The UK's population in 1911 was 42,138,000 and Scotland's was 4,751,000: 11.27% of the UK total.
At Loos, on September 25, 1915, 36 of the 72 attacking battalions were Scottish and of the 12 participating battalions which suffered more than 500 casualties, eight were Scottish.
At the Battle of Arras, on April 9, 1917, the Official History noted that 44 of the 120 infantry battalions committed (36.6%) were Scottish (12 each in 15th and 51st Divisions); nine, including the South African Scottish in the 9th; six, including four Tyneside Scottish in the 34th; three in the 3rd; one in the 30th and 1/1 London Scottish in the 56th. Removing the Tynesiders, South Africans and London Scottish, all of which may not have had a majority of Scots, the remaining 39 Scottish battalions represents 32.5% of the attacking force.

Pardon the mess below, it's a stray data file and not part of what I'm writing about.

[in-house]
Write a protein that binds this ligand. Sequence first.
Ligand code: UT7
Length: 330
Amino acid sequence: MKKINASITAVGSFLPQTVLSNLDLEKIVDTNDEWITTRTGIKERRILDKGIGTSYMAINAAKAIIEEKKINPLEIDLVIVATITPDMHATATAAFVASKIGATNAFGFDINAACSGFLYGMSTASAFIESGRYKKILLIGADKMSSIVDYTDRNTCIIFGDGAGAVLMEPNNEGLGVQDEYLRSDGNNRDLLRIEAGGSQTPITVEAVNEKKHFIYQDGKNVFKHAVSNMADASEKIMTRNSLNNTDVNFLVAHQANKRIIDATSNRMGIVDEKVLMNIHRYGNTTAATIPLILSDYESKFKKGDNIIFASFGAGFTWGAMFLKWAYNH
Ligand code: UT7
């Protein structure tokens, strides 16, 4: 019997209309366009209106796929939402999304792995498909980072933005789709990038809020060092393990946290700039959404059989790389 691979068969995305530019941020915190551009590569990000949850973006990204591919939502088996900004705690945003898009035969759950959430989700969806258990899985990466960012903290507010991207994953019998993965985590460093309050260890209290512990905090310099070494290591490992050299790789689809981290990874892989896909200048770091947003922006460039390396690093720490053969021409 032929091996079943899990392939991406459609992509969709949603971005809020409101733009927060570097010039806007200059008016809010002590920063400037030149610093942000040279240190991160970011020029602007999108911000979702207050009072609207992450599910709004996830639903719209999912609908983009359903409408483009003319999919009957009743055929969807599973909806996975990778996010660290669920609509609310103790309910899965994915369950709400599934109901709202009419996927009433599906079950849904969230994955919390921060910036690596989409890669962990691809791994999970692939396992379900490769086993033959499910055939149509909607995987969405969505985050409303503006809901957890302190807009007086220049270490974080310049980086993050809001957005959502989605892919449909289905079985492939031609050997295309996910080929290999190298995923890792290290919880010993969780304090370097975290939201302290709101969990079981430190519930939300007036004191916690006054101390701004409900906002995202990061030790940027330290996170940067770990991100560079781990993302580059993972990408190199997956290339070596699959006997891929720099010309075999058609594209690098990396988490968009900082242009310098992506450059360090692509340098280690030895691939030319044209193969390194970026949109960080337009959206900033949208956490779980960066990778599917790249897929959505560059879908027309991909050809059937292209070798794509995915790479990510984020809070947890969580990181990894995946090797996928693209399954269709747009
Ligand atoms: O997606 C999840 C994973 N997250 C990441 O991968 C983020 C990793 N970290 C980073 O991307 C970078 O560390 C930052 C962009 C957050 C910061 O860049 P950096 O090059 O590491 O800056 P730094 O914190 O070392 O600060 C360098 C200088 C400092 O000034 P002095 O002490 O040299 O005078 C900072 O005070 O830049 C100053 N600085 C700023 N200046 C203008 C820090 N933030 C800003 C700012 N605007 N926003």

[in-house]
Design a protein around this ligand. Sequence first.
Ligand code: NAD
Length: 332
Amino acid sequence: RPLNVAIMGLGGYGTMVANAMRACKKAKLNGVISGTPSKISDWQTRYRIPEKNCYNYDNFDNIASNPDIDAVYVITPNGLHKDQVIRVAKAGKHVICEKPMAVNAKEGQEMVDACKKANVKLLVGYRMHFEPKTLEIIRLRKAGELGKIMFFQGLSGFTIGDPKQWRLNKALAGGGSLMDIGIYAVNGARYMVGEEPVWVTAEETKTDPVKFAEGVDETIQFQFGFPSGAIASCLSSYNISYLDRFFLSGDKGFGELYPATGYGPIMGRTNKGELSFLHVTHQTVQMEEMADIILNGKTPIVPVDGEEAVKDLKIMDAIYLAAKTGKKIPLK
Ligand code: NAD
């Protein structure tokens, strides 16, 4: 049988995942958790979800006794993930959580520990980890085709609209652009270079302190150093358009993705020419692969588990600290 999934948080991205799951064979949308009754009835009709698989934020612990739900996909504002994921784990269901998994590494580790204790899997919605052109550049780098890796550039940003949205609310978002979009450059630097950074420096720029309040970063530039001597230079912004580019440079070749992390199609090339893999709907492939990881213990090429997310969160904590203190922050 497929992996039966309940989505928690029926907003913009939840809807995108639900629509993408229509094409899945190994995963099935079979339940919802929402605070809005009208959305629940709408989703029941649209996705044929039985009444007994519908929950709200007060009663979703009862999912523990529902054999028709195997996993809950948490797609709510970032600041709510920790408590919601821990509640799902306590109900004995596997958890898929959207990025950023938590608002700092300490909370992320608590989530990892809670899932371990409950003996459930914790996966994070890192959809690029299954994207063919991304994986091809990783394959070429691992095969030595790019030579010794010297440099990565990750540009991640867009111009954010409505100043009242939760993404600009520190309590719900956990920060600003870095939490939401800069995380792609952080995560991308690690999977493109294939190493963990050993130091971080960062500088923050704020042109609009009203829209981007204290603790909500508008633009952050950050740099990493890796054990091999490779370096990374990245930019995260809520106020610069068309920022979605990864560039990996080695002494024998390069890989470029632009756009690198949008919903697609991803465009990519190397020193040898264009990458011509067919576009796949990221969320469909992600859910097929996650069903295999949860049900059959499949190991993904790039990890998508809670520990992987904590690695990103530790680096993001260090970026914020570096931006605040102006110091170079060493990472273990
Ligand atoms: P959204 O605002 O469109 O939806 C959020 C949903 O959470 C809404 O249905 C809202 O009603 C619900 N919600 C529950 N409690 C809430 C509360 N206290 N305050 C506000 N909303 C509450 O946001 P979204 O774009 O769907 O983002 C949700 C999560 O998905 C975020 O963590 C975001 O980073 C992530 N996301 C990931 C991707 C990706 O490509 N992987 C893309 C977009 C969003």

Like all the UK's good Western Front assault divisions, 9th (Scottish), 15th (Scottish) and 51st (Highland) were deployed in crucial attacks more often than less competent divisions. Their war's end casualties reflected this. The 52nd (Lowland) served in the Middle East and, latterly, France.
Of the Scots who marched away, 26.4% did not come home: the percentage for the rest of the UK and Ireland was 11.8% and for France 16.8%. Only the Serbs and Turks had a higher proportion of participant deaths than Scotland.
All Scotland's First World War commemorations should stress the fact that 1.6% of the adult male population of the rest of the UK and Ireland died in the war. Scotland's adult male population was depleted by 3.1%.
Braeside, Shuttle Street, Kilbarchan.
IN regard to marking the centenary of the First World War in 2014, Glasgow City Council has met military officers, the Royal British Legion and others with an interest in the armed forces. Why did it not involve other ranks, peace movements and the equivalent of the conscientious objectors who were in significant numbers in Glasgow? There is a danger the commemoration will glorify and justify war.
76 Balgonie Road, Glasgow.
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